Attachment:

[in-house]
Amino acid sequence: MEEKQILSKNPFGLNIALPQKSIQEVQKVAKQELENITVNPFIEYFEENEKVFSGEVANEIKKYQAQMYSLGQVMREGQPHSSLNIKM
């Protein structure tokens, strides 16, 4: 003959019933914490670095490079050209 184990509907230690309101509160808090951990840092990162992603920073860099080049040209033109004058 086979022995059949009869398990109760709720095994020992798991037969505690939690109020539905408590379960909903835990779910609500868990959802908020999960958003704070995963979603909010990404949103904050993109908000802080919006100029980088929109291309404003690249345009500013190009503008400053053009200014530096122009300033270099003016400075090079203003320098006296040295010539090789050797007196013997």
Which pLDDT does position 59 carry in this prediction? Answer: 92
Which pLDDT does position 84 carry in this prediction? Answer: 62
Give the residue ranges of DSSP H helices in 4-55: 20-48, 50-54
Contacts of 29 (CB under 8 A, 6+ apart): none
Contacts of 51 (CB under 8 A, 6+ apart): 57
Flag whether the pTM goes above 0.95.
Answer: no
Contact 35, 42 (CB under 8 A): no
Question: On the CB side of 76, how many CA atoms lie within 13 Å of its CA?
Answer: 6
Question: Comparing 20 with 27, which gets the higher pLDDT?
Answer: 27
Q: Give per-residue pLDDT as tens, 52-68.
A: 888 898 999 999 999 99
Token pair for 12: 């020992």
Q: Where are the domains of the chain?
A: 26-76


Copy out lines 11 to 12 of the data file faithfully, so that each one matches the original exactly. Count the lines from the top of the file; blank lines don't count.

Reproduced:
Contact 35, 42 (CB under 8 A): no
Question: On the CB side of 76, how many CA atoms lie within 13 Å of its CA?